Thursday 16 March 2023


Book review: The Company by J.M. Varese

They say not to judge a book by its cover but in the case of The Company by J.M. Varese I am so glad I did. I'm not normally one for novels described as a "gothic thriller" as my mind instantly goes to scary horror scenarios and that's not my cup of tea. But the stunningly intricate design on this cover gave me the vibes of a historical fiction with a magical realism twist, such as The Binding by Bridget Collins and The Toymakers by Robert Dinsdale, which is way more up my street. And I do think that's a more accurate categorisation of this haunting story.  

Lucy Braithwhite has grown up as a heir to Braithwhite & Company; a British manufacturer of luxury wallpapers. For as long as she can remember, the company has been run by the men in her life – and she kept a distance from the inner-workings of the manufacturing process. When she was a child it was her father who was in charge and when he died under tragic circumstances, the torch was passed onto Mr Luckhurst, who also became a surrogate father to herself and her brother John. But when Luckhurst too passes away, suddenly the older men are no longer there to run the company. 

John should take charge, but he's always suffered from ill health and can't run everything by himself. So when the young Julian Rivers, apprentice to Luckhurst, steps up to the plate, Lucy and John think he's the solution to all their problems. However, newspapers have been writing about the potential health dangers of the addition of arsenic in wallpaper for a while – and it's only a matter of time before Braithwhite & Company gets embroiled into the scandal. After all, their luxury wallpapers are known for their vibrant colours – the exact reason companies started adding the dangerous component in the first place.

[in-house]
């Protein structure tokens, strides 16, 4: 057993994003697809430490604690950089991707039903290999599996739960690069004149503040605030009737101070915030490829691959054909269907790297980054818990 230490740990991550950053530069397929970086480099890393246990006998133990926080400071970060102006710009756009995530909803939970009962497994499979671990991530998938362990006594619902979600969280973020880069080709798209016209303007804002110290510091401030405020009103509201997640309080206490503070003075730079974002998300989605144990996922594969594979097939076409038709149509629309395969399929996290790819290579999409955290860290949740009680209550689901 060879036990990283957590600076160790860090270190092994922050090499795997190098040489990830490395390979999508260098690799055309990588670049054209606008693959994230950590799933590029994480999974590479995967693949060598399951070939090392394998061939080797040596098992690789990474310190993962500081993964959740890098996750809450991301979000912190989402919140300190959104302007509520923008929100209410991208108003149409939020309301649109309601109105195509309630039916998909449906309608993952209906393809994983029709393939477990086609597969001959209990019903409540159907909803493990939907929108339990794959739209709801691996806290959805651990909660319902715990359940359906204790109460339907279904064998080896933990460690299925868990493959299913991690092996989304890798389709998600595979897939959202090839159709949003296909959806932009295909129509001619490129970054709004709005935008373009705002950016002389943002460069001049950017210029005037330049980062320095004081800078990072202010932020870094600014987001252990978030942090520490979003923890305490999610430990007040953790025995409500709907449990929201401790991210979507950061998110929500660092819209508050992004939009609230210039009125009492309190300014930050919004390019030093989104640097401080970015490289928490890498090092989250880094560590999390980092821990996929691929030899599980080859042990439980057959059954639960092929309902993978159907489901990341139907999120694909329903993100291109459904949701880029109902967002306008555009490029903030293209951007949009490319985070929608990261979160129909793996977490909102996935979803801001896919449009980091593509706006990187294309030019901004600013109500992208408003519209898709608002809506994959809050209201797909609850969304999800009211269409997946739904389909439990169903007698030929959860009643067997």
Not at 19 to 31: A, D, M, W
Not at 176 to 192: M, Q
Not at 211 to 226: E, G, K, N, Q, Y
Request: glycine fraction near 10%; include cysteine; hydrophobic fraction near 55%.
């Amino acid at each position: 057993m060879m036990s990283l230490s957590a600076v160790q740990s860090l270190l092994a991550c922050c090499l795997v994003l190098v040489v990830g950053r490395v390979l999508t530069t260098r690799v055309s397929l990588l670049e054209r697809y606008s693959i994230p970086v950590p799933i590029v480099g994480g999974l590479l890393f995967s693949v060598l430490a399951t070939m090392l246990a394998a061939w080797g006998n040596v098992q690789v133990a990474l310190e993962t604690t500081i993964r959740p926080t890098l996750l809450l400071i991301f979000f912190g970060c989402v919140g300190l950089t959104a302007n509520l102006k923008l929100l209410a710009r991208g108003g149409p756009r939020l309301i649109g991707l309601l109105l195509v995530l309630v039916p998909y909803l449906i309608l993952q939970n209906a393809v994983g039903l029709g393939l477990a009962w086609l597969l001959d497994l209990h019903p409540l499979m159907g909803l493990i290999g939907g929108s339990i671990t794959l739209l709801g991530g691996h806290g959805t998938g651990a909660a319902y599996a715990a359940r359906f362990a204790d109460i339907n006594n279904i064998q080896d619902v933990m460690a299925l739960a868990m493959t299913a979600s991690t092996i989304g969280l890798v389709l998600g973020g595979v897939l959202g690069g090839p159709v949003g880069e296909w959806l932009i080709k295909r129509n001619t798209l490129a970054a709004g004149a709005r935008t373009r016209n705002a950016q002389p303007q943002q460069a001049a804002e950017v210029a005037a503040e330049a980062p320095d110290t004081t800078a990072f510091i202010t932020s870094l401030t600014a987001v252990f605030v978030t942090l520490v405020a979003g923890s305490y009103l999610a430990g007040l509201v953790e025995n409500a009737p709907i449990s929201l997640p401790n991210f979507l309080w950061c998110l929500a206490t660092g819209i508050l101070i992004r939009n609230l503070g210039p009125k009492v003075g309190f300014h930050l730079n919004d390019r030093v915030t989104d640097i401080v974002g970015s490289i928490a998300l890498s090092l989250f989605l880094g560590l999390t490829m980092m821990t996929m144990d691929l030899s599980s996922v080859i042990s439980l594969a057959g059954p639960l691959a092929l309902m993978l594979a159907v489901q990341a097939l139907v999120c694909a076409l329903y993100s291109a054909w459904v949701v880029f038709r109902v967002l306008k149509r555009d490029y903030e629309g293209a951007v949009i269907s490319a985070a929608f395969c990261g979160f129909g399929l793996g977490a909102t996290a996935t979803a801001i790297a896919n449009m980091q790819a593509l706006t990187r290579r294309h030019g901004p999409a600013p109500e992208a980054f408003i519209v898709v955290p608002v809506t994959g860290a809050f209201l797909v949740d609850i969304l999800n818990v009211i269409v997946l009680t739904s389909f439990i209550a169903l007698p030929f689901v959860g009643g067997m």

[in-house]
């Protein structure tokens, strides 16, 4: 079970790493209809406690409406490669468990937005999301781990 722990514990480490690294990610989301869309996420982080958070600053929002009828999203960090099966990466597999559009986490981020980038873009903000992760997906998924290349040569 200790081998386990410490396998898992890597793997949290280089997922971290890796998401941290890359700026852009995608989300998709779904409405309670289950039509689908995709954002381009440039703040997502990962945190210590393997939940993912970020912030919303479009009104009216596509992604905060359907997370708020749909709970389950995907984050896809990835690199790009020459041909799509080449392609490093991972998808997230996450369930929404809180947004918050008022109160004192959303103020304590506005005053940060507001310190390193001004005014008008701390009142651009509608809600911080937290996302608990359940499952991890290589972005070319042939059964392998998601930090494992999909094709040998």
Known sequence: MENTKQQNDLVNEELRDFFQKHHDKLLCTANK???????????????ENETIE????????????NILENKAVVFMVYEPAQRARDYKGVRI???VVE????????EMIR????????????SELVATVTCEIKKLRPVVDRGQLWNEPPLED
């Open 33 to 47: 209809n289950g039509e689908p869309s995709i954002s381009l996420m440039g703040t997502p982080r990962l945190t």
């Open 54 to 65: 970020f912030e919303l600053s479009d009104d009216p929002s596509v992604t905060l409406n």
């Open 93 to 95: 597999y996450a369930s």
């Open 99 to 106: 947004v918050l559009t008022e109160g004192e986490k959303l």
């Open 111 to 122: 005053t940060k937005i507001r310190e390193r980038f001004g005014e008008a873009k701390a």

On top of that, Lucy starts doubting whether Julian can actually be trusted while John has inexplicable symptoms and health setbacks. And that's before Lucy herself starts seeing things that are seemingly impossible, making it harder and harder for her – and the readers – to distinguish fact from fiction. There is a darkness hidden in the walls of the Braithwhite house, one that may go even deeper than the arsenic slowly taking more and more lives...

Ahead of reading this novel, I had no idea that arsenic used to actually be used to create the vibrant colours of wallpaper – and from a 21st century perspective this seems absolutely mad to me. A pretty paper on the wall just doesn't seem worth the health risks that arsenic brings with it. Especially in such an intimate space as one's home. But then again, I didn't live in Victorian England so am not sure what the general knowledge about the implications at the time truly was. Not to mention, of course, societal expectations and norms guiding people's decisions. 

That fascinating part of history aside, the tension is palpable throughout this read and author J.M. Varese has done an excellent job with pacing and plot developments to keep us on our toes. Revelations come only very slowly – or not at all – to keep readers second-guessing and bring the more fantastical elements alive on the pages. Even after having finished it, I'm still not entirely sure what was truly behind some of the suffering and hardship of the Braithwhite's family. Was it all orchestrated by people or did something inexplicable have a hand in their misfortunes? We may never know. 

The Company by J.M. Varese is a highly original historical fiction novel. It's tense, compelling, and a bit of a slow-burn in the best possible way. If you love well-researched and atmospheric tales that make you think about it long after turning the final page – then you cannot go wrong with this one.   

The Company by J.M. Varese is published today by John Murray Press and you can now buy a copy from your favourite local book shop!

Disclaimer: This book was gifted to me by the publisher, but this has not impacted this honest review.

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